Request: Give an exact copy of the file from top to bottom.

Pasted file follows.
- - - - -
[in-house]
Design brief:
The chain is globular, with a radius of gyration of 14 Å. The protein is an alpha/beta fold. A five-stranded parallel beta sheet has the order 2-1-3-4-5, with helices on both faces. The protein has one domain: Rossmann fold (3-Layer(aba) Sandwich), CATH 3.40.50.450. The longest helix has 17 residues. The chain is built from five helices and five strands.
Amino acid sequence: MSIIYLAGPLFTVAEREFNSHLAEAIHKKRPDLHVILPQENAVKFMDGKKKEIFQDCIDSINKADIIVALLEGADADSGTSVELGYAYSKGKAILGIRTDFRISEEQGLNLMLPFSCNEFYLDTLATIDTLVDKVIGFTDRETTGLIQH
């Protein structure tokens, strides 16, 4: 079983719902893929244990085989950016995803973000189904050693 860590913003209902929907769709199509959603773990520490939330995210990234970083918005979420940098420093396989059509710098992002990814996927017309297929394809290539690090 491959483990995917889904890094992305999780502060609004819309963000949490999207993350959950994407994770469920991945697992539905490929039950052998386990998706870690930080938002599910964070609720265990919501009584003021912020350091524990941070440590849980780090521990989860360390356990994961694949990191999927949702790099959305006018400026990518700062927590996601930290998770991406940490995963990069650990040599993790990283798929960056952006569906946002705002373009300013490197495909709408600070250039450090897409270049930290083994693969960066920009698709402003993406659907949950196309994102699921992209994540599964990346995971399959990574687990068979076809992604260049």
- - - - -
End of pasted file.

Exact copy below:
[in-house]
Design brief:
The chain is globular, with a radius of gyration of 14 Å. The protein is an alpha/beta fold. A five-stranded parallel beta sheet has the order 2-1-3-4-5, with helices on both faces. The protein has one domain: Rossmann fold (3-Layer(aba) Sandwich), CATH 3.40.50.450. The longest helix has 17 residues. The chain is built from five helices and five strands.
Amino acid sequence: MSIIYLAGPLFTVAEREFNSHLAEAIHKKRPDLHVILPQENAVKFMDGKKKEIFQDCIDSINKADIIVALLEGADADSGTSVELGYAYSKGKAILGIRTDFRISEEQGLNLMLPFSCNEFYLDTLATIDTLVDKVIGFTDRETTGLIQH
């Protein structure tokens, strides 16, 4: 079983719902893929244990085989950016995803973000189904050693 860590913003209902929907769709199509959603773990520490939330995210990234970083918005979420940098420093396989059509710098992002990814996927017309297929394809290539690090 491959483990995917889904890094992305999780502060609004819309963000949490999207993350959950994407994770469920991945697992539905490929039950052998386990998706870690930080938002599910964070609720265990919501009584003021912020350091524990941070440590849980780090521990989860360390356990994961694949990191999927949702790099959305006018400026990518700062927590996601930290998770991406940490995963990069650990040599993790990283798929960056952006569906946002705002373009300013490197495909709408600070250039450090897409270049930290083994693969960066920009698709402003993406659907949950196309994102699921992209994540599964990346995971399959990574687990068979076809992604260049």